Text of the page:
To Invent is to Imagine

These are constructive times. My 5 year old son says 10 times a day, “Let’s make our own…worlds of fun, dessert, soap, Powerade, medicine, engine, flying airplane, rocket, parachute and much more…” He currently has an insatiable hunger for invention, science, process, and to tangibly work on recreating what he sees in the world around him, or something brand new. There is no limit to his imagination. I am amazed and in awe of how consistent this desire to create comes through everyday.

I wrote in our Christmas card that he likes to “create something out of nothing”. Components of “nothing” include:

-water bottles (Dasani, Deja Blue) he finds while crawling underneath bleachers or church pews- we can only hope people were done with these and they the owners of the bottles have no communicable disease.

-stringy things: bungee cords, string, yarn, floss, cords pulled out of hoodies, shoelaces

-boxes- shoe boxes, tea  boxes, plastic toy totes

-ingredients for greatness- food coloring, lemon juice, soy sauce, ice cubes, scissors for cutting up vegetables or other food items if creating=cooking

-from the outdoor category: sticks, sticks, sticks, dirt, mud, grass, rocks, trees

-constantly re-purposed actual items: Tinker Toys, Trio Blocks, cars, old pieces of car track, hangers, carabiners, Nerf guns, drumsticks, Kleenxes

Here are a couple recent inventions:


my invention

A creation from January 2012

the track

This is a track from way back- probably 2010

I wish I could say I’m a mom who has fully embraced all of this creative energy but the reality is, at times, I’m too pragmatic, I’ll worry about the mess, I’ll have nothing to say to encourage the idea because I know it actually isn’t possible.

Herein lies the problem- what do I do to balance my realism with his imagination? With my responsibility to do my work for work or around the house, and be his mom and keep him safe, while still allowing him to dream and create?  How do I uphold what I want to encourage and nurture and celebrate- the imagination of a child– and still air my struggles of not knowing how to embrace or enter into all of the inventions. I am so practical. He is so persistent. He has a drive and a limitless energy to MAKE and BUILD and I have a limited adult imagination and a control problem.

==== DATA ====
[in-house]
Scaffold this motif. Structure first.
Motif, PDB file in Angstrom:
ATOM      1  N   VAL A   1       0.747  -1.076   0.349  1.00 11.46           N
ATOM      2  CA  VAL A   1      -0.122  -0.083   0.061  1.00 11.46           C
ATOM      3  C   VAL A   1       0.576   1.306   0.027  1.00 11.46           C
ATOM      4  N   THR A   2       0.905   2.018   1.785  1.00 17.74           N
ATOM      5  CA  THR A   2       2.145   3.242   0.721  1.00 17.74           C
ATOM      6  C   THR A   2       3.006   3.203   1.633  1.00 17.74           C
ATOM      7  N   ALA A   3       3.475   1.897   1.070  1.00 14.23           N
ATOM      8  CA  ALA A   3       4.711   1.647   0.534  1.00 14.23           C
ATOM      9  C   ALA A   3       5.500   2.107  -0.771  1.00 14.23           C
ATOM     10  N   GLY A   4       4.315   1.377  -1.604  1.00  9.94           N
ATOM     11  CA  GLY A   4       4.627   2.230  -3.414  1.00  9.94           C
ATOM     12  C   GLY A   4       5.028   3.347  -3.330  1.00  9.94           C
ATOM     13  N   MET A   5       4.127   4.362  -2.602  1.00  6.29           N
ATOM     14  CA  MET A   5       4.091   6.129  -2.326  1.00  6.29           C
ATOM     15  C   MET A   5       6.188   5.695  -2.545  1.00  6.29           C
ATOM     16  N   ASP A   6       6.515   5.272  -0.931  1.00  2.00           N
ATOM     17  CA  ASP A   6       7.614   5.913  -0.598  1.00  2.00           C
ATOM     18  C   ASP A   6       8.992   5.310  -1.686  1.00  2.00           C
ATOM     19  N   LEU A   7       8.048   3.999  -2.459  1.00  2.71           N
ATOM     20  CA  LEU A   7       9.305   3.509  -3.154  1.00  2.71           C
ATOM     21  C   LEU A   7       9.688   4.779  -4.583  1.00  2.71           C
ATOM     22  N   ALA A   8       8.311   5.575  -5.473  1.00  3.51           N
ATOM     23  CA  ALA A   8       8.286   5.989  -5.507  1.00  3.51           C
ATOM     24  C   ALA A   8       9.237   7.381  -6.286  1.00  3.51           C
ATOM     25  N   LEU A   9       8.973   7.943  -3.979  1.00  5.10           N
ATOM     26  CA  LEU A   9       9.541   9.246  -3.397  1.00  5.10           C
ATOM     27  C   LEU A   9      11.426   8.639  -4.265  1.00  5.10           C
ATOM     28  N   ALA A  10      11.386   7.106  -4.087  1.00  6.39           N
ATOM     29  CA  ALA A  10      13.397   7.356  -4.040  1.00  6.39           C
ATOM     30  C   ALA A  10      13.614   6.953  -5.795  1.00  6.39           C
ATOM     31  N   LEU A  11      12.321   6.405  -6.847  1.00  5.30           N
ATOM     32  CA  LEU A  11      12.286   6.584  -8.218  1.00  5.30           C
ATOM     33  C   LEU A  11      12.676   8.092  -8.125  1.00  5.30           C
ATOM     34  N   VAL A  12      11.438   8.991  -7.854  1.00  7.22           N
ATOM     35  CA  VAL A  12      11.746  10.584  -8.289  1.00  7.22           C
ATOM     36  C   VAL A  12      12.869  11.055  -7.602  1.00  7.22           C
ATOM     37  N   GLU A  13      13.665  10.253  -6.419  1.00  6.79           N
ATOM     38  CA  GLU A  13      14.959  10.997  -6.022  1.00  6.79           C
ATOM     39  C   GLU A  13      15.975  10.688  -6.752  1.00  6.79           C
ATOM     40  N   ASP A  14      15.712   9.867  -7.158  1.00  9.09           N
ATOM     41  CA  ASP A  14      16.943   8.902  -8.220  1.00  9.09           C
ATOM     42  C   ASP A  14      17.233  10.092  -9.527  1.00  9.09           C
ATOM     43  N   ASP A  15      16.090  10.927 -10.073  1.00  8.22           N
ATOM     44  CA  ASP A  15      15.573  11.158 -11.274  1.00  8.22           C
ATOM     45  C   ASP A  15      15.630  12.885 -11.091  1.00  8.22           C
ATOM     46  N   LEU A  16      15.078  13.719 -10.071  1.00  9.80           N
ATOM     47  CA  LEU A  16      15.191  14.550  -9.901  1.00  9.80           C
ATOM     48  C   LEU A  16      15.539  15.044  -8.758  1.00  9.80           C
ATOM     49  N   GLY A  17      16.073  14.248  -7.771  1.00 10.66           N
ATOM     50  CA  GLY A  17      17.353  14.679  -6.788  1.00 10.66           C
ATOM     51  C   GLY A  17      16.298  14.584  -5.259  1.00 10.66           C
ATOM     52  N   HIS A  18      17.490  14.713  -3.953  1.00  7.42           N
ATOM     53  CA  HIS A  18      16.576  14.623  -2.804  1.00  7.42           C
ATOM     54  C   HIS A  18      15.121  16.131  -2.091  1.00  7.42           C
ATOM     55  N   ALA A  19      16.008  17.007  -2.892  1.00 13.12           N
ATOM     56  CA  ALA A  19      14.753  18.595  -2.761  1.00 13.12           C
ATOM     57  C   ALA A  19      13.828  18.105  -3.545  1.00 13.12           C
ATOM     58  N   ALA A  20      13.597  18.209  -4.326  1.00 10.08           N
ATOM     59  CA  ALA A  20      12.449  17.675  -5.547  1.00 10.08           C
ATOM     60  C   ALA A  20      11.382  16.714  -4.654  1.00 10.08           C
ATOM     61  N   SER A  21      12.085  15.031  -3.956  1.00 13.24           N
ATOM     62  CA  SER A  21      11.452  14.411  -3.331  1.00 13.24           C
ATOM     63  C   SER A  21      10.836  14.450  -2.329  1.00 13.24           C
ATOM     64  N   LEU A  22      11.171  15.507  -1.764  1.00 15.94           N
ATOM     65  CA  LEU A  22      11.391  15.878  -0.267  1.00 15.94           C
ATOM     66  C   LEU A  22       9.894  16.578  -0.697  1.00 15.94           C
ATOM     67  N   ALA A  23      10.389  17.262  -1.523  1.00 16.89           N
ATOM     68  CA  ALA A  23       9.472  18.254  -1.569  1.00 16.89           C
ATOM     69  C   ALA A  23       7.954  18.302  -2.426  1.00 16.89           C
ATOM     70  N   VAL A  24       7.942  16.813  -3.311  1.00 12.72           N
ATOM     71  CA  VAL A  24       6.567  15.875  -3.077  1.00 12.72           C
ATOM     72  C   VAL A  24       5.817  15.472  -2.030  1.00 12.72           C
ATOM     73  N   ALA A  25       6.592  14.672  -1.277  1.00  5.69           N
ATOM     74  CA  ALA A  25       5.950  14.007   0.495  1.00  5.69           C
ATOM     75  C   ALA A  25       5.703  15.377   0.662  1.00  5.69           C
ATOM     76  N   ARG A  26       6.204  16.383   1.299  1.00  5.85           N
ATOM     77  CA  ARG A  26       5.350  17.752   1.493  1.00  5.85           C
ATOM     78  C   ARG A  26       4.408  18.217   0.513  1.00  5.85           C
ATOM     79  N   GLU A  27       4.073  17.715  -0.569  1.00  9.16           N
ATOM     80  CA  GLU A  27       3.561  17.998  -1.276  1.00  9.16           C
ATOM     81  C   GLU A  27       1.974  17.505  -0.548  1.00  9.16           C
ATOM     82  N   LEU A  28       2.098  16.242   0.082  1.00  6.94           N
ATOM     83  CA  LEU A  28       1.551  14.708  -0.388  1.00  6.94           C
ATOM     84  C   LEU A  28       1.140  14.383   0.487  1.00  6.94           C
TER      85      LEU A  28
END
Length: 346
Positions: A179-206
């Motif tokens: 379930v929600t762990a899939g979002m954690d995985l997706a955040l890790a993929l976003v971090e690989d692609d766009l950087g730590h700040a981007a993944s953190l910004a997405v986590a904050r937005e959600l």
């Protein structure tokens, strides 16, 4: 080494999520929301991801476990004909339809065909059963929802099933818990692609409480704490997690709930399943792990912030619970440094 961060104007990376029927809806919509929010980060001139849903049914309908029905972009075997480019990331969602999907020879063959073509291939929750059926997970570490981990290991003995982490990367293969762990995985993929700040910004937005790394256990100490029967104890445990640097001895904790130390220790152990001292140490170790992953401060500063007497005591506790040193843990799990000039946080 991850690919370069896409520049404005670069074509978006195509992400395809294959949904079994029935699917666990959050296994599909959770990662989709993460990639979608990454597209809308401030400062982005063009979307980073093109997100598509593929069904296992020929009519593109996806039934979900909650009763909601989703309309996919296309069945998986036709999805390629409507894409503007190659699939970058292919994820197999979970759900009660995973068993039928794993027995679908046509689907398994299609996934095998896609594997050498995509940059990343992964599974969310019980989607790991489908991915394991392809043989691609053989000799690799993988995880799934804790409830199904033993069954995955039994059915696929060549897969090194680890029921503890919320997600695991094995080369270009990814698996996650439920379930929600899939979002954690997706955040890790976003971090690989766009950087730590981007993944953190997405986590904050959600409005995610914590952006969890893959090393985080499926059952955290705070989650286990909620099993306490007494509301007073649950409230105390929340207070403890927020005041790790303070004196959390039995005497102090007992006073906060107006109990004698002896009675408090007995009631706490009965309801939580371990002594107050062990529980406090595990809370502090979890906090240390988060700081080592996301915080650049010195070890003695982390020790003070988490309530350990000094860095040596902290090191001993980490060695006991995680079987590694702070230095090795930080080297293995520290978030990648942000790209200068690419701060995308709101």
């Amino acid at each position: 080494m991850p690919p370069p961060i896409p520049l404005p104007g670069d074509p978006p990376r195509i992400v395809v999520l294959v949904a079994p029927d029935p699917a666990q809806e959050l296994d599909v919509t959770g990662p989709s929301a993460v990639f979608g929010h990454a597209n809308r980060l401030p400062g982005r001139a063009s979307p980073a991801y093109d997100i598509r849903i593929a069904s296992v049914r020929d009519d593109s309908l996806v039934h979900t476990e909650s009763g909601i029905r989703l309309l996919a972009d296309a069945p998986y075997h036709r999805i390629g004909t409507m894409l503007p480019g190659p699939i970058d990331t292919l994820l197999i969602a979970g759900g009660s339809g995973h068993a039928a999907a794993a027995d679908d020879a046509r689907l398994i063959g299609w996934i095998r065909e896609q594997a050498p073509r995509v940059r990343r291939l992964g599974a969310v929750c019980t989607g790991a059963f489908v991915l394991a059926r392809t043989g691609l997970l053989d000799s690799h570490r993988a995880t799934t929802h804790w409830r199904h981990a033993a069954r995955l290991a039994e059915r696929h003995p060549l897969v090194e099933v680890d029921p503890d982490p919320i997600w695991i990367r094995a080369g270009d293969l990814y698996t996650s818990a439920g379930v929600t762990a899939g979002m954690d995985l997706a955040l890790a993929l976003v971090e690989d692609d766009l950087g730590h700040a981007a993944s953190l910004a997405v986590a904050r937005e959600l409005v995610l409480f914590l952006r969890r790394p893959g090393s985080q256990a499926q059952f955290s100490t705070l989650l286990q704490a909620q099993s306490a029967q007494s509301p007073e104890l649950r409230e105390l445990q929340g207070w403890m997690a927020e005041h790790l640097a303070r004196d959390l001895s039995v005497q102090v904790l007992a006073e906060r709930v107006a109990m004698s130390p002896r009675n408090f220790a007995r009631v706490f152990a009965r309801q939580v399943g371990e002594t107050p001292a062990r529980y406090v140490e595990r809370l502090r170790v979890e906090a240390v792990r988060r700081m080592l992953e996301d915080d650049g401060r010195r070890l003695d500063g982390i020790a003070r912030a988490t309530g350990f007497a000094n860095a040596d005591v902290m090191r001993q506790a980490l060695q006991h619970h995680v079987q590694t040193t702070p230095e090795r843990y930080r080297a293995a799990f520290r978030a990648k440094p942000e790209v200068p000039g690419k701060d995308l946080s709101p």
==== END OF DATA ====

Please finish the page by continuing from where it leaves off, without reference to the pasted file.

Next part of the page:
When I sat down with Eli’s “my invention” the other day to work on the engine, to tie knots he needed, and to witness a few launches, I was interested. I was proud of him. I was impressed with the intricacies of the bungee cord tie downs and the  floss weave (too small to see in the picture). I stifled most of my desires to ask what things were and whether or not it was working and to just watch him work and be there if needed me.

I still don’t know what to say when he says, “Let’s make our own amusement park” out of the dirt in the backyard. Luckily yesterday a neighbor girl showed up to enter in so I didn’t even have to say, “It’s not really possible” or “No you can’t turn on the hose”.

I preach imagination as necessary for our spiritual lives and relationship with an unfathomable God. I affirm child-like wonder and dreaming as an asset for adults in their vocations. And yet, when it’s happening in my home, I don’t know how to handle it, affirm it, or sometimes even, to not be annoyed by it.

I hope Eli can forgive me for the times I have shot down his ideas, for the ways I have limited his creative process on a Tuesday afternoon. I hope he remembers the times we did all cheer for the way a drumstick flew across the living room or a bouncy ball ricocheted off the opposite wall. I also hope he will never, ever lose the drive he has to imagine and persistently pursue what he might make if he works with what’s right in front of him.





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